Raw Materials Roundtable

Suppliers discuss current trends and challenges affecting the ceramic industry.

As in past years, CI recently took some time to chat with several raw materials suppliers about the latest challenges, trends and innovations affecting the ceramic industry. Here's what they had to say.

Wes Jones

Q: How do the market conditions in the ceramic/brick/glass industry compare to previous years?

Bill Davison, Manager - Ceramics, Construction, R&D, NYCO Minerals, Willsboro, N.Y.: One positive is the fact that other materials have increased in cost, giving the minerals industry the opportunity to raise prices. Also, Chinese competition is decreasing due to increased internal consumption and other factors.

Wes Jones, President , WesBond Corp., Wilmington, Del.: We estimate that the market is down about 5% to date from 2006, but that's still better than 2005.

Skip Klatt, Vice President - Sales, American Chemet Corp., Deerfield, Ill.: The ceramic trade has had an exodus offshore and, at the same time, an apparent reduction in demand. Since we are a worldwide player, we have seen demand shift from the U.S./Europe to the Far East.  In the brick area, cost increases and the housing decline have had a negative impact.  Interestingly, since we are involved in color, there has been a slight increase in demand as manufacturers seem to have expanded product offerings. In the glass area, art glass has been negatively impacted by energy costs and offshore competition, and the bottle industry seems to have been hit by the increased use of plastic and aluminum for beverages.

Skip Klatt

Q: What are some of the biggest challenges you currently face as a materials supplier to the ceramic/brick/glass industry?

Davison: Our biggest challenge now is the downturn in the construction and automotive industries, which adds to the trend of ceramic industries moving out of the U.S.

Jones: Material shortages due to higher demand from oil and ethanol production are the biggest challenge we face right now.

Klatt: Dealing with energy transport and raw material costs in a world that is resisting price increases has been difficult.

Q: How do these challenges affect your ceramic/brick/glass customers (higher prices, longer lead times, etc.), and what steps is your company taking to try to minimize these effects?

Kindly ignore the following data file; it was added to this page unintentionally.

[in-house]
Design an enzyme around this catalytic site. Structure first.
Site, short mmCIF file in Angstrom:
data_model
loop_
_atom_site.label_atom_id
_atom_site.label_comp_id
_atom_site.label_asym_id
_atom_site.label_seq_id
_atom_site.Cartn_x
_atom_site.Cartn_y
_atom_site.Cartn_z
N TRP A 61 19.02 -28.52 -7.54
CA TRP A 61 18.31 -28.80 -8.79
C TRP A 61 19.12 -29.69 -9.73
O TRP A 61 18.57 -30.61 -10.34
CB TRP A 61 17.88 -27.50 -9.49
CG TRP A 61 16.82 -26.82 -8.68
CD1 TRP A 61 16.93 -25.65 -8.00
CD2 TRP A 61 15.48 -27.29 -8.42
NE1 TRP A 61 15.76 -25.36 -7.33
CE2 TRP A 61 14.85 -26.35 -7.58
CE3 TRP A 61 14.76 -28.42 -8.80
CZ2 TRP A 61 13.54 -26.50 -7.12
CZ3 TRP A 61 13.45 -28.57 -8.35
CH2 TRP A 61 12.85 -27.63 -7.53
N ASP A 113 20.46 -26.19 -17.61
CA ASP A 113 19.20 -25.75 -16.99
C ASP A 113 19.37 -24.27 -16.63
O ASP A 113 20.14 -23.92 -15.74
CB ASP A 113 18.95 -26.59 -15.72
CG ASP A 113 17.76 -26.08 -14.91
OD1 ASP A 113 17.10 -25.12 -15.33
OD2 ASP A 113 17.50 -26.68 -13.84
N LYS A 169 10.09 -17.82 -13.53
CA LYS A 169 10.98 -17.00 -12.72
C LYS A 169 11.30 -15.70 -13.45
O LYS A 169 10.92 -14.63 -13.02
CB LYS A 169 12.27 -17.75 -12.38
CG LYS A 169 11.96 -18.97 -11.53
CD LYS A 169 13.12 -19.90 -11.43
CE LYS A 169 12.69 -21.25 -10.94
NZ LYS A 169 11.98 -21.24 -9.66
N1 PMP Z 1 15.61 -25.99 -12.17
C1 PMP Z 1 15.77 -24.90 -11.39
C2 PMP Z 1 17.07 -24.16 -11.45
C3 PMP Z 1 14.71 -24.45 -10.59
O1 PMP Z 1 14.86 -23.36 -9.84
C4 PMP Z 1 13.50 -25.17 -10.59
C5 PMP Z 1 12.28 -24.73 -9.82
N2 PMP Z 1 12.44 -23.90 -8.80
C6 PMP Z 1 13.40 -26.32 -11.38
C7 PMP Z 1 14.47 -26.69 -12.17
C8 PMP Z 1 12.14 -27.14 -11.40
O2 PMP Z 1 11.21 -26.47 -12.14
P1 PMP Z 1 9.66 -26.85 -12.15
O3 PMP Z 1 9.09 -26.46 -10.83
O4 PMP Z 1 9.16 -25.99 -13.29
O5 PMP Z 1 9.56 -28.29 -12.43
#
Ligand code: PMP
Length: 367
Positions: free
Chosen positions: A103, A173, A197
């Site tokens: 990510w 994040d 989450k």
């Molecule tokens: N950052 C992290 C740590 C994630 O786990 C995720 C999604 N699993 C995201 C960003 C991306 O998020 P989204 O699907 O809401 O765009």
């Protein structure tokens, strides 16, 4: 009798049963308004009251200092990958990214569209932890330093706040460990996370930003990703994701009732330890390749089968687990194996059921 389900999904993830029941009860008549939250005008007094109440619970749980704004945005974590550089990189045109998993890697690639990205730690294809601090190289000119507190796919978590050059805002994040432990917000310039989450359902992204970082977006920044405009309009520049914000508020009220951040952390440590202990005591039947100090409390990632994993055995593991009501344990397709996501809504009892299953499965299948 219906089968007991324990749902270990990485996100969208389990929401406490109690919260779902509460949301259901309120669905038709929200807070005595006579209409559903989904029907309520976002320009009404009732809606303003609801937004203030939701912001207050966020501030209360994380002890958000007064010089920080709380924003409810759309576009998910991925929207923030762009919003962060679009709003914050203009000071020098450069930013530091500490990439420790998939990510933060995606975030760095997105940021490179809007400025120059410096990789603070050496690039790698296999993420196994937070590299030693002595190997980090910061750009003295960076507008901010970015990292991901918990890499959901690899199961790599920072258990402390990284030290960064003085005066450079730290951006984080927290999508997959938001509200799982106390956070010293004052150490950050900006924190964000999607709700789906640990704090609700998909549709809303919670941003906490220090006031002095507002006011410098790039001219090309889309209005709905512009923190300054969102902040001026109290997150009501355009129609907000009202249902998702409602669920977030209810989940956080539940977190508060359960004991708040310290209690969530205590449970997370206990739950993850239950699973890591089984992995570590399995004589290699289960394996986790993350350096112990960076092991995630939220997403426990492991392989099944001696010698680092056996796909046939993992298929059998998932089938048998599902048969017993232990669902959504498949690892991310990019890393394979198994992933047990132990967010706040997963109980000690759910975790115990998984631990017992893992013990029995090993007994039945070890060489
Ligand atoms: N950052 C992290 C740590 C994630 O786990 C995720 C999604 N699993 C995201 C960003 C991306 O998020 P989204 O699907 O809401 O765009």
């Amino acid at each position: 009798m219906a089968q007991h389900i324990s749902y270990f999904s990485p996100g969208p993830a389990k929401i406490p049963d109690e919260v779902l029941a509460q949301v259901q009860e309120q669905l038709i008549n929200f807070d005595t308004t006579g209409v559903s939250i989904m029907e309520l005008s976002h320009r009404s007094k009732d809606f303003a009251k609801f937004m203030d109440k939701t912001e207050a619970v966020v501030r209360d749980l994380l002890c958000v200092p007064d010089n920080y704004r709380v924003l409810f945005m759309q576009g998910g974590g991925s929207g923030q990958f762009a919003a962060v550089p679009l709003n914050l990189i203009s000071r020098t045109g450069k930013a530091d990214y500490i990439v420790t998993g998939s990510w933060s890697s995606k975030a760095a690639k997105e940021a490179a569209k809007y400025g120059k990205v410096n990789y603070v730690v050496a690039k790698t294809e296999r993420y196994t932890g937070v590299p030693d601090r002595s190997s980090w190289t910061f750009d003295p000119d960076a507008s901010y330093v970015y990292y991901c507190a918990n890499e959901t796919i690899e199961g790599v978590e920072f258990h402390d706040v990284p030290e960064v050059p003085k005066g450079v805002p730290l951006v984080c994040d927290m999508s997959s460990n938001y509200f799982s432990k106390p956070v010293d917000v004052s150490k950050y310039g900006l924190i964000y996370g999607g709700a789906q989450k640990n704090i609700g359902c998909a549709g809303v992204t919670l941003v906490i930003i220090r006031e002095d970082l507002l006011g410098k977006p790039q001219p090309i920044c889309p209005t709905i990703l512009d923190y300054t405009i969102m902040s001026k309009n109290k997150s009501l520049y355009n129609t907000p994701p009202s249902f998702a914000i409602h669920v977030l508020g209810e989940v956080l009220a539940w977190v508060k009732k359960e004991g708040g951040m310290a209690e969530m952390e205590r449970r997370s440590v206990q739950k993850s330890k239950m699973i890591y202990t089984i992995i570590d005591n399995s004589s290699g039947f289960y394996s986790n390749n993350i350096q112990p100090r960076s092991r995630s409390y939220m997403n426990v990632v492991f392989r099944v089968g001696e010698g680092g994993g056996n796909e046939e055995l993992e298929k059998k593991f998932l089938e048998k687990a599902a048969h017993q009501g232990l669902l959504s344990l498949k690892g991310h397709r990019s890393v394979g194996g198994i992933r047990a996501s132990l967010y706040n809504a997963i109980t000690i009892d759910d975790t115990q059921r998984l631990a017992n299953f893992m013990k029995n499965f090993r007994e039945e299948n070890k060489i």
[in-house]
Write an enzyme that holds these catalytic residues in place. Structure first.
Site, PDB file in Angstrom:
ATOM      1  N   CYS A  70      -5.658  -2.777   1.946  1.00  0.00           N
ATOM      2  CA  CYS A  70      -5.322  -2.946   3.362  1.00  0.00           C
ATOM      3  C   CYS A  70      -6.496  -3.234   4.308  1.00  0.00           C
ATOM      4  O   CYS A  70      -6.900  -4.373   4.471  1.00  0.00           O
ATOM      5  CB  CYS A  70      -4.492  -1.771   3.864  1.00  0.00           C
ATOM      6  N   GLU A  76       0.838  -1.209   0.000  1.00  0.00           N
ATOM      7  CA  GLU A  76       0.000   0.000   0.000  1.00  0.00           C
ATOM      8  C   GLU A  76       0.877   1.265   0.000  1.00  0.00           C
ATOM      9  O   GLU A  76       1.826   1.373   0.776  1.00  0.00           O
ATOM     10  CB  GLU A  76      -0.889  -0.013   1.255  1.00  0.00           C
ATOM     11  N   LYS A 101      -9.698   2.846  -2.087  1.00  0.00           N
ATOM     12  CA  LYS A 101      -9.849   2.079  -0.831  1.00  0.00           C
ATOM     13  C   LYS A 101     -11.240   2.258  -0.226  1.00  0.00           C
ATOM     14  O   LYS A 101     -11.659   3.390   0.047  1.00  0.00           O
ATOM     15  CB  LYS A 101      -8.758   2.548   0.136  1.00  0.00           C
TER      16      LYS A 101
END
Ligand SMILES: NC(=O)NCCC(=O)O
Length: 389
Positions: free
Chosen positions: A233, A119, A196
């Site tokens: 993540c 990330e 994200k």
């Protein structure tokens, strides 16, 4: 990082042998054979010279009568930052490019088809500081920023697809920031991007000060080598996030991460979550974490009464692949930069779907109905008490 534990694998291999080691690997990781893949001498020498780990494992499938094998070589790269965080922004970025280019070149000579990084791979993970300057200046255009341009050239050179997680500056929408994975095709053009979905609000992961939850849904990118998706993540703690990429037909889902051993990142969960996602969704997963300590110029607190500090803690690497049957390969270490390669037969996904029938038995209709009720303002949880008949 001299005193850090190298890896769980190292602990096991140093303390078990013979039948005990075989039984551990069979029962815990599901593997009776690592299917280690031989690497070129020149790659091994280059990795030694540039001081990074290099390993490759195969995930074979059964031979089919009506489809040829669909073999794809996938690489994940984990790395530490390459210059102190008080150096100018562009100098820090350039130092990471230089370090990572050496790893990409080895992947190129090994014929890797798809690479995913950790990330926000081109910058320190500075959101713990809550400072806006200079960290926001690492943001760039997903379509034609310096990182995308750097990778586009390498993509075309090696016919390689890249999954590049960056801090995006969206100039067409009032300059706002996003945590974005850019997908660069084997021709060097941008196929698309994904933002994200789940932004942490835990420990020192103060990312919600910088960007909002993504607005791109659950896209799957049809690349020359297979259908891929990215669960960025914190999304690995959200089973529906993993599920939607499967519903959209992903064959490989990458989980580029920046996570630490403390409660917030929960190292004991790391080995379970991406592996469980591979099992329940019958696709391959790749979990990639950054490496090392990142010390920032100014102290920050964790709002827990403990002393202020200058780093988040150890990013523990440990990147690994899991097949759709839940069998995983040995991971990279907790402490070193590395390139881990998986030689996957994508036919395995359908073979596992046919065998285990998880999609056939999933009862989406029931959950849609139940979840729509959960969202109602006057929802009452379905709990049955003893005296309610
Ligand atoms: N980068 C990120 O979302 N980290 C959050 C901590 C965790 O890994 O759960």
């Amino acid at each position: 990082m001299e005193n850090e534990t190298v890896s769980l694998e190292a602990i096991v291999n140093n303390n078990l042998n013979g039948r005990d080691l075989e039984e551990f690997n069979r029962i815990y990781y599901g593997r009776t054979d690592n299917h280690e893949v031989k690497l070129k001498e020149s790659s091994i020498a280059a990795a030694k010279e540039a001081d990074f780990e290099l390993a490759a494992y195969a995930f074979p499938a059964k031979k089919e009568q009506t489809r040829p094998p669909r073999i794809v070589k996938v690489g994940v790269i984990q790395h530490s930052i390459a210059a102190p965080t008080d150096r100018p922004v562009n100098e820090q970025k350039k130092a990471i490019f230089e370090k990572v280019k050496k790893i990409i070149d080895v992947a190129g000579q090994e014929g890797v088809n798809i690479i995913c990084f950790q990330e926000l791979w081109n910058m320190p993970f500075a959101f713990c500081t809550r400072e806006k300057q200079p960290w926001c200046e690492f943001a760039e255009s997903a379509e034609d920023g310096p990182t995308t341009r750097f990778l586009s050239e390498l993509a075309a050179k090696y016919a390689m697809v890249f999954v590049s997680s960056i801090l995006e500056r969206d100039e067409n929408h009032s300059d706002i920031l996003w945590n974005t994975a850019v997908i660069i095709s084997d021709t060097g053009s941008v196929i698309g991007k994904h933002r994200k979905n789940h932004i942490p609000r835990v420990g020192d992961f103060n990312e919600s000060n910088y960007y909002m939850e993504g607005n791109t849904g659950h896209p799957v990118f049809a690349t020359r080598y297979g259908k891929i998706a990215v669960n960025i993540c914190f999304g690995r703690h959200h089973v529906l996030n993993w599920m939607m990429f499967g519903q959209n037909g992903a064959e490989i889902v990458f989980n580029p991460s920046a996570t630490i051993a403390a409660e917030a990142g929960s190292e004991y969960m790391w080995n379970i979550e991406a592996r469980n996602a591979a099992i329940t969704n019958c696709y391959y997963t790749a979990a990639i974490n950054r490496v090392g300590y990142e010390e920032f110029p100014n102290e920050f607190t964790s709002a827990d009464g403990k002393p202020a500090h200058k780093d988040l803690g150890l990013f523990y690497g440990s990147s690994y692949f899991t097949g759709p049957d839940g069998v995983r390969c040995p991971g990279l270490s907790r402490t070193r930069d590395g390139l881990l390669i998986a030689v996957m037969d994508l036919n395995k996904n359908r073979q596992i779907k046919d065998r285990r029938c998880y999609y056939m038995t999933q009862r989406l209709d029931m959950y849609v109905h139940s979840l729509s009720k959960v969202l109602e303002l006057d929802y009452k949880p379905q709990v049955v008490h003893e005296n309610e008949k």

Davison: NYCO's main plan of action is to take back the European and Latin American wollastonite ceramic markets, where a dependable, quality supply is deemed more important than small price differentials. New supply issues with Chinese raw materials are driving this effect.

Jones: Higher prices and slower delivery have required better inventory control and order planning on our part. In terms of minimizing the ill effects of higher prices, longer lead times, etc., our cationic starch supplier just opened a new plant in Mississippi, so we're hoping that impacts us in a positive way.

Klatt: We have successfully shared and passed increases along on those expenses that are public in nature and thus out of our control, such as energy.  Many of our raw material expenses that are public, such as the cost of metal, have been passed on, but underlying raw material cost increases have been absorbed for the most part.

SEM image of Ultrafibe® M30 mineral fiber-reinforcing grade from NYCO.

Q: What new materials or services has your company introduced within the past few years for the ceramic/brick/glass market, and what other developments should ceramic/brick/glass manufacturers look for in the near future?

Davison: NYCO has introduced a non-toxic mineral fiber- reinforcing grade that results in a number of manufacturing yield and cost efficiencies in sanitaryware and other whitewares industries. NYCO will also make available a sintering aid for the accelerated densification of advanced ceramics.

Jones: We provide master blends of complete refractory binder systems for easier and more uniform processing. We also offer a new, safer binder to replace phenolic resins for foundry use.

Q: What steps can/should ceramic/brick/glass manufacturers take to help ensure a consistent, reliable, cost-effective supply of materials in the future?

Davison: Long-term contracts are the one method by which suppliers can operate most effectively. Also, planning capital spending and mining and processing campaigns seems to result in the best economics for all. It also helps to constantly search for new markets and modification of material grades.

Jones: My advice to manufacturers would be to sign formal contracts for materials, give adequate lead time on orders, and improve your own energy efficiency.

Editor's note: The suppliers included in this article are not intended to be representative of all ceramic industry suppliers. These companies answered our survey or agreed to be interviewed for the purposes of this article. Contact information is available online at www.ceramicindustry.com/databook.

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